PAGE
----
Bunker Projects is an experimental gallery and live/work space for artists to engage the community
Artists Jessie Rommelt, Abagail Beddall, and Cecilia Ebitz all graduated from Penn State University in 2011. The three friends decided to head over to Pittsburgh afterwards, the closest city with an active arts scene that also seemed affordable.
“We went on the hunt looking for a performance gallery space,” Rommelt says. “We didn’t know what that would look like. What we ended up finding was a burned-out apartment building and we thought we [could] make [it] even more than what we [had imagined].”
This was the beginning of Bunker Projects, a live-in artist residency program and experimental gallery “devoted to building a living laboratory for artists in Pittsburgh.”
The second-floor space in a former apartment building is located on Penn Avenue in the well-known Penn Avenue Arts District. There is also a music venue downstairs.
With the help of the Bloomfield-Garfield Corporation, a community and economic development organization, as well as their own sweat equity and fundraising efforts, the Bunker Projects space was completed after a year and a half, though they were hosting shows the whole time they were working on it.
“In the very beginning we had no electricity, heat, or anything,” Rommelt says. “We did shows with artists that made sense [in that space with those limitations].”
The first show held at the Bunker Projects was Incarnate in April 2013, featuring artist Annalisa Barron using reclaimed materials from the demolition phase of Bunker’s site renovation in a stop-motion animated film that followed a life-sized marionette and examined man’s relationship to materials.
With each phase of renovation a new artist was brought in with site-specific installations and performances. Finally, in May 2014, Bunker Projects hosted their first live-in resident.
Bunker Projects can host two resident artists at a time living and working in the space for three to four months. Right now the cost to the artists is $300 per month plus utilities (it will go up to $400 in 2015), which gives them a third-floor bedroom with kitchen and bathroom access, a studio, and access to the Bunker Projects’ galleries to exhibit their work and interact with the community.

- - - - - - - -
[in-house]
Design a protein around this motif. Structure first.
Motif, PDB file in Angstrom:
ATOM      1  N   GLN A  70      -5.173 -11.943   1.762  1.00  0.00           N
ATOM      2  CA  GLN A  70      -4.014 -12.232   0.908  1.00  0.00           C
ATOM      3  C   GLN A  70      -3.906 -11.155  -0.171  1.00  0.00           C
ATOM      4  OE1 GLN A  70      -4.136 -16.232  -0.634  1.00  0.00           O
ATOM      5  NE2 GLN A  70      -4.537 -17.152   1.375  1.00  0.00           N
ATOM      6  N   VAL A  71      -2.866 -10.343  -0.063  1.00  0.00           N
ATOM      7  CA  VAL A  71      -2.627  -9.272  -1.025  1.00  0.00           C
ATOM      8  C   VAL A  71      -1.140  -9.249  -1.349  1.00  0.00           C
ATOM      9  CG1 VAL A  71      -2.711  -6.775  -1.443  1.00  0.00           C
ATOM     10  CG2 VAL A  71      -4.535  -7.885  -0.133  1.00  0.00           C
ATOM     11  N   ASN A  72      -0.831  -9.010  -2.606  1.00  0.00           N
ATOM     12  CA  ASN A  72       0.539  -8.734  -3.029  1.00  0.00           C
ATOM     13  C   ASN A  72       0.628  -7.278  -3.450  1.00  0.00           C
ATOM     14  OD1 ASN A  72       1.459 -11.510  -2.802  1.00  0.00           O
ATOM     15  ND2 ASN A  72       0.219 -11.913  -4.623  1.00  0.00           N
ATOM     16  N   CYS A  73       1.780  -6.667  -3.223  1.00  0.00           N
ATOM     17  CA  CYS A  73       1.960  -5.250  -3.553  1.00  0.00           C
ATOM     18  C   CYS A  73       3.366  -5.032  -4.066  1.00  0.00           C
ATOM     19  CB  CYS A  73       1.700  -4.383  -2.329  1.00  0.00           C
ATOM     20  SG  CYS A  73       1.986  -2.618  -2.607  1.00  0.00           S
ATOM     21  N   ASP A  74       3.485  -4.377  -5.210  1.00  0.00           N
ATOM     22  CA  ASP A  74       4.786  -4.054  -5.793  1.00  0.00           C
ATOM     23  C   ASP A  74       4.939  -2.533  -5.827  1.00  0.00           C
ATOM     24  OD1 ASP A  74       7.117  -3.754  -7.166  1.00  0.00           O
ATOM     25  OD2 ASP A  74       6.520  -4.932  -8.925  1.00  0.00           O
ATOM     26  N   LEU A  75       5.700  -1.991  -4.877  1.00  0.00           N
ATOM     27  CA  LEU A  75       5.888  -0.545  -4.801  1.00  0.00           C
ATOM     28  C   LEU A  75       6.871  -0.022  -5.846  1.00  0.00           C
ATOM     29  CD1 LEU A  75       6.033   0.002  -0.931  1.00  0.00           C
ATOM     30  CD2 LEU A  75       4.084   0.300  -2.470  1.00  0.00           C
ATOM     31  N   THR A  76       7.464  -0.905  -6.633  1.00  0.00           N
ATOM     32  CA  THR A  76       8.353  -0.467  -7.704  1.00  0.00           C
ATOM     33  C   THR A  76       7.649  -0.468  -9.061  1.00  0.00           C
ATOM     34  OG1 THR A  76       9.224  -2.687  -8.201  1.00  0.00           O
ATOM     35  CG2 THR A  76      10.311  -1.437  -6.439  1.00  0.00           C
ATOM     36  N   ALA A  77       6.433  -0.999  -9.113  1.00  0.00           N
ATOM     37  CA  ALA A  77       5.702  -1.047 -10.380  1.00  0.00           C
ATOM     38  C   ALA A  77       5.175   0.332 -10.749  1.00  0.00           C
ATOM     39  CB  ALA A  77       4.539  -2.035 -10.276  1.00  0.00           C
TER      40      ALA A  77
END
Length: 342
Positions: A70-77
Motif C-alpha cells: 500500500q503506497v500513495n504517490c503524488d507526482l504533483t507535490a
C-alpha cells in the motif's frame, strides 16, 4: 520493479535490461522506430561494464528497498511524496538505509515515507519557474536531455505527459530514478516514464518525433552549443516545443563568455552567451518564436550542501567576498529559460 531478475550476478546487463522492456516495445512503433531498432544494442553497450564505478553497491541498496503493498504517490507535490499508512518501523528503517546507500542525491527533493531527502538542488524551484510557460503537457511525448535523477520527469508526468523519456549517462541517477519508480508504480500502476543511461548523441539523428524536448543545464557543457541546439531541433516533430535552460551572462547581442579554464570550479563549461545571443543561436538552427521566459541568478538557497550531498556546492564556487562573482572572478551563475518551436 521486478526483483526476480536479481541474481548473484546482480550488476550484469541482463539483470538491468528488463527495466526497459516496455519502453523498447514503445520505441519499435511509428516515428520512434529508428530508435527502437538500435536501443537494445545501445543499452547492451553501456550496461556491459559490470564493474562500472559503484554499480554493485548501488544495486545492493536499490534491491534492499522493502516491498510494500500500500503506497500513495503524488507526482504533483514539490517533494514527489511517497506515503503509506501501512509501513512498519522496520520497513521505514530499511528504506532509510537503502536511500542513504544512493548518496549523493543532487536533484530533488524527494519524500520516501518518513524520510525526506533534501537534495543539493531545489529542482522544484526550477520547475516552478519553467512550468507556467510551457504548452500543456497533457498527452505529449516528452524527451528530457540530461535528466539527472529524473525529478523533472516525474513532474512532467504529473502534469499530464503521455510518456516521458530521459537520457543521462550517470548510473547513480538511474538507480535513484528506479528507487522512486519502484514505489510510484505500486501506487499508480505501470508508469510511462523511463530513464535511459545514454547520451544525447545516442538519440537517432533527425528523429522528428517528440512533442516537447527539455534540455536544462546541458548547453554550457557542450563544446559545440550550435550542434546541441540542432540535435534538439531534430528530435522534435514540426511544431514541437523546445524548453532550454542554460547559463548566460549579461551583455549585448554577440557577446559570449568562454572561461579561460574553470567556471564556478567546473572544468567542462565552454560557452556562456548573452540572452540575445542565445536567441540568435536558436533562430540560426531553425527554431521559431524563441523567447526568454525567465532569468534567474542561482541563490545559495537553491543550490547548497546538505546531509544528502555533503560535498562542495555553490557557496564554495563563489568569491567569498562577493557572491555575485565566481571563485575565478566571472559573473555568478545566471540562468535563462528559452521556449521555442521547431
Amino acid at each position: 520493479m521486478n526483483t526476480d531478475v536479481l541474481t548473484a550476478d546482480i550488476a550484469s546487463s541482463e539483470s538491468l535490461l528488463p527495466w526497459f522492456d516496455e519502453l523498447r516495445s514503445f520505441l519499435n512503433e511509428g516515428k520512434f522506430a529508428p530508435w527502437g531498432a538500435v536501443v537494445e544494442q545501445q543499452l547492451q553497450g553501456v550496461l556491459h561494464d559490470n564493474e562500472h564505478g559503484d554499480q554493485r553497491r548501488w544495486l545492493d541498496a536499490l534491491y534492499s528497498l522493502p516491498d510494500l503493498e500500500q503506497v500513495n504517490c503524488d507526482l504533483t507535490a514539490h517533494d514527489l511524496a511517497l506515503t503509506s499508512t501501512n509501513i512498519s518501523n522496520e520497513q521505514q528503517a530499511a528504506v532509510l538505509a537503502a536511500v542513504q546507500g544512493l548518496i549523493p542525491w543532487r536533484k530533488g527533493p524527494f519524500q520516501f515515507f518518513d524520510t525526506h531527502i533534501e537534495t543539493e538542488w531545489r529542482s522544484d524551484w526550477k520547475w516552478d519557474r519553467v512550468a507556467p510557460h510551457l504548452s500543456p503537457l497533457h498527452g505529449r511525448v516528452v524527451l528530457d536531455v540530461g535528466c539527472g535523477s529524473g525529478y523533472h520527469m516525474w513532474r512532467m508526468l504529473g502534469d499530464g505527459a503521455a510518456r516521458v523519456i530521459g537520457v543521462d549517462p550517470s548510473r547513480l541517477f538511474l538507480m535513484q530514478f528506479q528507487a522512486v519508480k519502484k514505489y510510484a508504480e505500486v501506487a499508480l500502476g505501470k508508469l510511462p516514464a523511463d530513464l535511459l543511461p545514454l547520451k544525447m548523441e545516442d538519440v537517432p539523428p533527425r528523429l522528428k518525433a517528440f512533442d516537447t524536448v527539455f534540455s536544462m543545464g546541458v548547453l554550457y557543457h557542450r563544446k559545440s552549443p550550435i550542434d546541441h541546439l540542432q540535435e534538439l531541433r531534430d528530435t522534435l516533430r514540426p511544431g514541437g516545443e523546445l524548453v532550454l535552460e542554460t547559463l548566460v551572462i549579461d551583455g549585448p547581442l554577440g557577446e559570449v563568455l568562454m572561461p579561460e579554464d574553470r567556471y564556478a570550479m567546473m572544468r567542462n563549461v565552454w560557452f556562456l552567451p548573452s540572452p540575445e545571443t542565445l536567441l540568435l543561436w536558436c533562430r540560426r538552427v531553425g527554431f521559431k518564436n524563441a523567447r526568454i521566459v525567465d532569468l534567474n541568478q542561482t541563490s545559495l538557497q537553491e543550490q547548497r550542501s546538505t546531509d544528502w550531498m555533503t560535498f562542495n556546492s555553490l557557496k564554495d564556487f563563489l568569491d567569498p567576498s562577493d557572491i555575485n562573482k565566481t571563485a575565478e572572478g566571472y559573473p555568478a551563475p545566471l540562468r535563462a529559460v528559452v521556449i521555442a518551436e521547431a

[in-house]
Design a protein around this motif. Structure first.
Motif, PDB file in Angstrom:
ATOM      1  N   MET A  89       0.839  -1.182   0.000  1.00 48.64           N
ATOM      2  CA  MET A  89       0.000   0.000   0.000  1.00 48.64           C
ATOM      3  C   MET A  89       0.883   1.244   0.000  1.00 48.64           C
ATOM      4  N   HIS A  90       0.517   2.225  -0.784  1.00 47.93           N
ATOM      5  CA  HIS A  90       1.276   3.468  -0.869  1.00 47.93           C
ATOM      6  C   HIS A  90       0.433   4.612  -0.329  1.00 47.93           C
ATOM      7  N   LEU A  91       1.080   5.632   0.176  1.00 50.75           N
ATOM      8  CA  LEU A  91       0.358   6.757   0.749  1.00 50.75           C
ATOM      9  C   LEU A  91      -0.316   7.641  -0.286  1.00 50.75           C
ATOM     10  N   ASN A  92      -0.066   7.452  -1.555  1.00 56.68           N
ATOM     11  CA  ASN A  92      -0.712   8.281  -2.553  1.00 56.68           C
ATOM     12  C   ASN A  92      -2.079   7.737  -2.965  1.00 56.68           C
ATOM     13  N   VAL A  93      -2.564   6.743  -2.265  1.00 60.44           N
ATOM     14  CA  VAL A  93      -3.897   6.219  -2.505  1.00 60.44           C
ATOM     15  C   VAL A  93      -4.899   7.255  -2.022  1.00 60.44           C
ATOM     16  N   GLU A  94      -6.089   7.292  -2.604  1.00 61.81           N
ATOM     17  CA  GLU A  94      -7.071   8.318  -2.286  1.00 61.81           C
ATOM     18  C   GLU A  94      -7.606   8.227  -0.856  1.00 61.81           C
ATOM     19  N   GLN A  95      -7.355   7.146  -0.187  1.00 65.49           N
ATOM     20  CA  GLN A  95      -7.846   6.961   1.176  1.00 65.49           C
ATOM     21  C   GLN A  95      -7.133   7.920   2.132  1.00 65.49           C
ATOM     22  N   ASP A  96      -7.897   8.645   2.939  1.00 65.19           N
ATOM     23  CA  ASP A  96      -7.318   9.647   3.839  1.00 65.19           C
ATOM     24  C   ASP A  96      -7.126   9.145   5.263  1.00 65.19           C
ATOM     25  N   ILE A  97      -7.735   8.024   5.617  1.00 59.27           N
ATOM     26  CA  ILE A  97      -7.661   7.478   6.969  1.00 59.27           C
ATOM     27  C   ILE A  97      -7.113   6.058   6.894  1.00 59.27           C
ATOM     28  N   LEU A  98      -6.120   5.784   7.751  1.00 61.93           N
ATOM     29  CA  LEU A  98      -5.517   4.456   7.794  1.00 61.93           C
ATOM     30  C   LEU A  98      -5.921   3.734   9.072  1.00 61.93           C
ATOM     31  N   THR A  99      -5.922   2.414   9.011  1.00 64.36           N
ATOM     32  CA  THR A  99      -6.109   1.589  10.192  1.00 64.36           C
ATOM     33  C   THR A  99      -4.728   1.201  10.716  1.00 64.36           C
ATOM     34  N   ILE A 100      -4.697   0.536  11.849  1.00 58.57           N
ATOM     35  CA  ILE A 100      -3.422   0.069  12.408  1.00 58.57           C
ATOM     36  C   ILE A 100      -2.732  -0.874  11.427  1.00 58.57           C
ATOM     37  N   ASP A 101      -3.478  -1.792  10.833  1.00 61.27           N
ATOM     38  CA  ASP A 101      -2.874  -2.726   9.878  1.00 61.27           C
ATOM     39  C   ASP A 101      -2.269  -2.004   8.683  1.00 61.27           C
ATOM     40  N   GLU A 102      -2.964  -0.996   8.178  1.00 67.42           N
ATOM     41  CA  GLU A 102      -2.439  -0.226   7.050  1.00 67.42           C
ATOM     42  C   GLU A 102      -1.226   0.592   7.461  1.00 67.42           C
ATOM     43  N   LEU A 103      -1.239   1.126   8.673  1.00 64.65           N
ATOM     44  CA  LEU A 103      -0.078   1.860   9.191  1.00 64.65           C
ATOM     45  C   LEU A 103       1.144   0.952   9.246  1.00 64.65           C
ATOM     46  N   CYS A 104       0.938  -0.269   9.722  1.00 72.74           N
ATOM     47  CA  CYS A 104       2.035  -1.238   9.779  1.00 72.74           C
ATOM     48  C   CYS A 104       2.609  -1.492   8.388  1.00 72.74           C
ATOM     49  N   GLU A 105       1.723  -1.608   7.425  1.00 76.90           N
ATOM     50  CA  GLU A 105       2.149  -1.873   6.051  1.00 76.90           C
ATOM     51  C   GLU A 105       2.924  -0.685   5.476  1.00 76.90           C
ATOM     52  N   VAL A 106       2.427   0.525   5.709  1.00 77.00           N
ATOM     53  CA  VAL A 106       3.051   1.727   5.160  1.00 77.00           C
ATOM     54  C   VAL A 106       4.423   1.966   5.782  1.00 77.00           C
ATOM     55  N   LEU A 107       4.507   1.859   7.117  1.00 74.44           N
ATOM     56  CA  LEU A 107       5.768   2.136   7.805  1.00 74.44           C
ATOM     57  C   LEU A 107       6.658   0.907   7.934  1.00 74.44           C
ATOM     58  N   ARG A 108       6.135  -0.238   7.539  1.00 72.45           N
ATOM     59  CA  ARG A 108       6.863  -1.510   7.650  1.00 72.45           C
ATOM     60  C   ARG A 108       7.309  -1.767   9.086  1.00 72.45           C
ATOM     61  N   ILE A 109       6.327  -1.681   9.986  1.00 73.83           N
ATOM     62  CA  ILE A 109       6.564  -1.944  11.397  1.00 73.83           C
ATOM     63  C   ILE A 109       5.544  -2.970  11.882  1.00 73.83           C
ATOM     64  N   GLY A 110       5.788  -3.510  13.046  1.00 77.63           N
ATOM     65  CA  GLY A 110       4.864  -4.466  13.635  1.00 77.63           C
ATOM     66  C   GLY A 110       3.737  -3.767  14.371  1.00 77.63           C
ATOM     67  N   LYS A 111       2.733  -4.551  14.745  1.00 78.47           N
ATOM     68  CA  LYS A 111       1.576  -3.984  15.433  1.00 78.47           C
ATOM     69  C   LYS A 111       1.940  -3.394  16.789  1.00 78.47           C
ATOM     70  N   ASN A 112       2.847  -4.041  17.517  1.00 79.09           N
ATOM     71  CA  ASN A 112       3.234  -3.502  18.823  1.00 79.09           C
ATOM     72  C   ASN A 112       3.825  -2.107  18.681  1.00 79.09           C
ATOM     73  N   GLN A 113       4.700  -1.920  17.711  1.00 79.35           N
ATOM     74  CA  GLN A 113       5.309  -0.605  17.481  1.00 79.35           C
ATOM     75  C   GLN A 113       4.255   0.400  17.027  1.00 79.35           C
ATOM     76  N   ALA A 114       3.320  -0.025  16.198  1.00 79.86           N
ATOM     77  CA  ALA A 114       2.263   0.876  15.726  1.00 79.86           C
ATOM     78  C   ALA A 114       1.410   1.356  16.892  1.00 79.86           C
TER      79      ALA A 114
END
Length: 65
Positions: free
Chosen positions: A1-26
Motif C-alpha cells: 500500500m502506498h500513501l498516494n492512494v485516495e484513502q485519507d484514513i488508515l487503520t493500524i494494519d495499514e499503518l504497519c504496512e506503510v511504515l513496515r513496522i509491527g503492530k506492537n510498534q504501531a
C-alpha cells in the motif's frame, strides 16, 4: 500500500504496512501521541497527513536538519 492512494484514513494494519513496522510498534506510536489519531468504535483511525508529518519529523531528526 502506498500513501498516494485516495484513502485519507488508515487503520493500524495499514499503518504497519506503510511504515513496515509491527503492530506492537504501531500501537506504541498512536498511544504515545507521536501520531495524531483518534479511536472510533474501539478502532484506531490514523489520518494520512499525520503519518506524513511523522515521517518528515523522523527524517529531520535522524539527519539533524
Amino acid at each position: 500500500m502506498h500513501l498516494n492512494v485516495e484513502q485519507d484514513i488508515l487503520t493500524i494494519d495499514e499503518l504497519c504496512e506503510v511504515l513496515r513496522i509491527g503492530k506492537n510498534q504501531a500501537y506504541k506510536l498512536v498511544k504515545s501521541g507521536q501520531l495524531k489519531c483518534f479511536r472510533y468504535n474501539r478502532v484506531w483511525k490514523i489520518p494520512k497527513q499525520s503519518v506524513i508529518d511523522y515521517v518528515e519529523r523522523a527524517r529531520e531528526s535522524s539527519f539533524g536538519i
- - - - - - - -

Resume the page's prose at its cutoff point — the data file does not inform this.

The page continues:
Residents pursue self-directed projects while creating a point of access to the community through their work. “Residents are expected to have open studio hours,” Rommelt says. “On the days the galleries are open they need to welcome people into their studios.”
This openness with the community is the cornerstone of the Bunker Projects’ mission to create an open dialogue and engage/interact with the public in new and unexpected ways.
“The artist becomes an access point for temporary artists in our neighborhood and in Pittsburgh,” says Rommelt. Part of the qualification process to be a resident artist demands that “they are open to our community and to exchange.”
Once their residency is completed, the artists then display the work they created during their residency in a gallery exhibit or performance piece. Rommelt says they try to schedule openings to coincide with the monthly Unblurred: First Fridays on Penn gallery crawl event since there is so much traffic on those nights.
Residency applications are accepted on a rolling basis. Artists can apply to open calls for art and residencies on the Bunker Projects website. All work done during the residencies is self-directed by the artists; to apply, the artists must give the Bunker Projects team a sense of what they plan to work on during their time there though, Rommelt says, “it’s a loose thing…basically [we would like to see] a sample of what might be coming.”
Currently the Bunker Projects is coordinating the Performance Art Festival on August 30, which will take place simultaneously in their upstairs galleries and in the music venue downstairs. There are 20 performance artists and collectives from all over the Midwest and East Coast coming in for the free, all-ages show from 4-11 p.m. Part of the intention in hosting this festival is to foster a better understanding of what “performance art” actually is.
In addition to that, Bunker Projects is going through the process of receiving 501c3 nonprofit status, and is now accepting applications for 2015 residencies.